Upscale influence of increased mesoscale heating in extratropical cyclones

- Indicates paper has been withdrawn from meeting
- Indicates an Award Winner
Thursday, 6 February 2014: 1:45 PM
Room C101 (The Georgia World Congress Center )
Jeff A. Willison, North Carolina State Univ., Raleigh, NC; and W. A. Robinson and G. M. Lackmann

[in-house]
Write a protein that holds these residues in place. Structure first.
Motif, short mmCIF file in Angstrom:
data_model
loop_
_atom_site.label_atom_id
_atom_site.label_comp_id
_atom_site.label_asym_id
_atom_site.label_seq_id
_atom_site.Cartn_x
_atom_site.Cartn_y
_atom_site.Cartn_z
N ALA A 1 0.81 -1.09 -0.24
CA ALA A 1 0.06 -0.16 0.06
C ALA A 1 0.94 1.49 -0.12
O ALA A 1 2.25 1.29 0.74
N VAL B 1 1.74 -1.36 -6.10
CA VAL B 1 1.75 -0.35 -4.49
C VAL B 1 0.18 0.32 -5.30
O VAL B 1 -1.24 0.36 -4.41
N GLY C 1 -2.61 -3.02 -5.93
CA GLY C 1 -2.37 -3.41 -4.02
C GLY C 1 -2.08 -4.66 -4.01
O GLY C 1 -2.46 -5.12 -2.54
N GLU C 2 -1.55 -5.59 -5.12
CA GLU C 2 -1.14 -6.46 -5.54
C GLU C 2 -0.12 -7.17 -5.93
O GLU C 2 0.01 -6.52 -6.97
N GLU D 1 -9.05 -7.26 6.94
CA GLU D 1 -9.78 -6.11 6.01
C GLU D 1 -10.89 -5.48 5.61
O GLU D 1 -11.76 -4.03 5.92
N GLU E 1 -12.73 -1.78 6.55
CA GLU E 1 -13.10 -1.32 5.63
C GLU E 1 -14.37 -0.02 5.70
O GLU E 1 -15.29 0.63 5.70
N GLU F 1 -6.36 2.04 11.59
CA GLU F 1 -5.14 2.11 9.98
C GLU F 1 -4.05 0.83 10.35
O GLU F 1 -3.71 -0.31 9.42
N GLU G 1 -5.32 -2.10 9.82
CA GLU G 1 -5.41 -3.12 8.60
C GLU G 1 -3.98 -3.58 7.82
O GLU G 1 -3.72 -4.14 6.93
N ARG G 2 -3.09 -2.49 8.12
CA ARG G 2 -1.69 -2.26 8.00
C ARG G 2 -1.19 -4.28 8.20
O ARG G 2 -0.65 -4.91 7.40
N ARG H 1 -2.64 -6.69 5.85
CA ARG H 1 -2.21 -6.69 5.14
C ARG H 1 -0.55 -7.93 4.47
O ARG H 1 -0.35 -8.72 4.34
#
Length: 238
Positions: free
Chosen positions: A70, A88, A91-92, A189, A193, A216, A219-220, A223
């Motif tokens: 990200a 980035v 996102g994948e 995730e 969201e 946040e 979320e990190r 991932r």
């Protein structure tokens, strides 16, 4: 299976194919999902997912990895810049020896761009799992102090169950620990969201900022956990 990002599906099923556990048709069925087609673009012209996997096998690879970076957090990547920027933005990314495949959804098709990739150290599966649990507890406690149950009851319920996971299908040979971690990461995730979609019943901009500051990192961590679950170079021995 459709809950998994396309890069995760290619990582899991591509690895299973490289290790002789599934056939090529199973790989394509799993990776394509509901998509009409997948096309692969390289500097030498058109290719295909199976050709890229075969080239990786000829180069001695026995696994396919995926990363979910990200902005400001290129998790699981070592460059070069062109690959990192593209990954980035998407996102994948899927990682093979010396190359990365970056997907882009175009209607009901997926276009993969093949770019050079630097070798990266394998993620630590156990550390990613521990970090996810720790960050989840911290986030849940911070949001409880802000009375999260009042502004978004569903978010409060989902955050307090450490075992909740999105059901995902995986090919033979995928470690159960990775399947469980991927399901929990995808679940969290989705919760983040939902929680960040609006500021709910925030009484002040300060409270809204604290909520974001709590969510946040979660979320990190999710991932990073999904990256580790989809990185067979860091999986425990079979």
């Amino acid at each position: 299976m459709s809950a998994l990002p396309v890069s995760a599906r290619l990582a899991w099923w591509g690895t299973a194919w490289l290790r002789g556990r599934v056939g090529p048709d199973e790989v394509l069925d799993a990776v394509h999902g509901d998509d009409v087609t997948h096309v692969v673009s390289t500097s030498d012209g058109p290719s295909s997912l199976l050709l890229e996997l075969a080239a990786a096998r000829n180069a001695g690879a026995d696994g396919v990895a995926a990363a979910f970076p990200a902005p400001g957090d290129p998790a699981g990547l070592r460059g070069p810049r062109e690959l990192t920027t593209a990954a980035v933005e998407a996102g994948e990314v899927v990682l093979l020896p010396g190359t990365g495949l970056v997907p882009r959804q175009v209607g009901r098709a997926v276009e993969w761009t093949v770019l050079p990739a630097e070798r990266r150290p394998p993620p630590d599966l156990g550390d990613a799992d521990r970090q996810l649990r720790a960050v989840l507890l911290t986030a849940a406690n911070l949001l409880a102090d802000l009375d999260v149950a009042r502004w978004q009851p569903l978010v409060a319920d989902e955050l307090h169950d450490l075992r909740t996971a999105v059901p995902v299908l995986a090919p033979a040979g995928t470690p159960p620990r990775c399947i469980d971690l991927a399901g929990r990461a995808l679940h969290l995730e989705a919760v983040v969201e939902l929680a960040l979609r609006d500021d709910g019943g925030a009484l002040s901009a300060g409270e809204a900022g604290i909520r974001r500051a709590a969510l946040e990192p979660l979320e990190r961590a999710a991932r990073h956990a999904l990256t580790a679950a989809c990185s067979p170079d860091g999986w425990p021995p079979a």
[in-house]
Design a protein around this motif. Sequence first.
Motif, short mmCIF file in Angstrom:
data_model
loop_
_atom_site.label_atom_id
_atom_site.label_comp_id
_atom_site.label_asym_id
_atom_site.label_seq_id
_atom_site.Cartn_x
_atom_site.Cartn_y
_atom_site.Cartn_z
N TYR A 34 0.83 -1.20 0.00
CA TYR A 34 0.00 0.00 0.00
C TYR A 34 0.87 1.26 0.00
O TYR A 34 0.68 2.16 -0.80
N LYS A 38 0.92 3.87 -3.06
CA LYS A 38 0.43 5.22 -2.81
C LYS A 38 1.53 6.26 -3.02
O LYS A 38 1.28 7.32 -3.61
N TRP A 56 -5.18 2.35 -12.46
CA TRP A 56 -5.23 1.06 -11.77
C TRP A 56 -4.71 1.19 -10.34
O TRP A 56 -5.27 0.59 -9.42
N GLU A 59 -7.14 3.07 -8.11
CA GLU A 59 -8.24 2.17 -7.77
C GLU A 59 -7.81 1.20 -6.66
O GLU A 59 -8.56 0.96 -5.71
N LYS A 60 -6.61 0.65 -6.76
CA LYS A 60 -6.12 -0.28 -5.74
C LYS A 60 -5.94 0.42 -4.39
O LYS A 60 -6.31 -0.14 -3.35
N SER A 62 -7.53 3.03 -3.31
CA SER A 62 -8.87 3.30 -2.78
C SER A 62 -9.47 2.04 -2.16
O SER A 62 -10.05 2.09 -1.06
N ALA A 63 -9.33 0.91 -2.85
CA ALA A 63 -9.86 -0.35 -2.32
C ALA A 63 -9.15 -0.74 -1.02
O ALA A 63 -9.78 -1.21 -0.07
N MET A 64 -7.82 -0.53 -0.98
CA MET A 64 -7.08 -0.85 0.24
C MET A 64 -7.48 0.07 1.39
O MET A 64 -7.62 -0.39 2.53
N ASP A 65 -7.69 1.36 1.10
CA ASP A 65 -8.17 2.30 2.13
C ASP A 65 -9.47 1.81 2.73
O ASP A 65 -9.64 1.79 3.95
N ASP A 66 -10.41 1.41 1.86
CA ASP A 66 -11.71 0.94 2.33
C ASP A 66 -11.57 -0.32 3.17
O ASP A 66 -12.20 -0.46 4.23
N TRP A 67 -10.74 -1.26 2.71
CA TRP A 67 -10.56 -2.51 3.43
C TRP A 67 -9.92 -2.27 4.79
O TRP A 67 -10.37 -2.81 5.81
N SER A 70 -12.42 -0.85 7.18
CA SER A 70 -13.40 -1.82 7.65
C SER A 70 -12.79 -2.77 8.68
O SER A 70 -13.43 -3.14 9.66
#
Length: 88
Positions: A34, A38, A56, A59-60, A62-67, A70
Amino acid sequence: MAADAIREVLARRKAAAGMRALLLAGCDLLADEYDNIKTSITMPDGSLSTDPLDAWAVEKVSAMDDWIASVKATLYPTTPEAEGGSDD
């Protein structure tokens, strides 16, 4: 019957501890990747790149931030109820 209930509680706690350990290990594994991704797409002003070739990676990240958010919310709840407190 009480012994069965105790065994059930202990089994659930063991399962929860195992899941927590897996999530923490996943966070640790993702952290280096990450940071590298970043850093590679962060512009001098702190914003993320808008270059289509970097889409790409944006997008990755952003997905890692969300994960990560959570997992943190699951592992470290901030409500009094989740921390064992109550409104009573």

We have previously shown that the intensity of individual extratropical cyclones and their aggregate behavior in the North Atlantic stormtrack are strongly sensitive to horizontal resolution. Current GCM resolutions are inadequate for representing mesoscale condensational heating, which plays an important role in cyclogenesis. Here we investigate the upscale effect of this GCM deficiency on the large-scale flow and the implications for a warmer world with increased atmospheric moisture. We use the Weather Research and Forecast (WRF) model configured globally with a high-resolution 2-way nest in the Northern Hemisphere mid-latitudes. Multiple years are simulated both with and without the nest for current and future scenarios. The future scenarios are forced using changes projected by CMIP5 models. Differences in cyclone dynamics develop as mesoscale latent heating is better resolved and the climatological storm tracks respond accordingly. This response is expressed in terms of the Lorenz energy cycle and through eddy statistics. The upscale influences of condensational heating are also shown for the warmer, moister environment. Our results allow for better understanding of potential biases in projections of stormtrack behavior and the role of extratropical cyclones in the general circulation under global warming.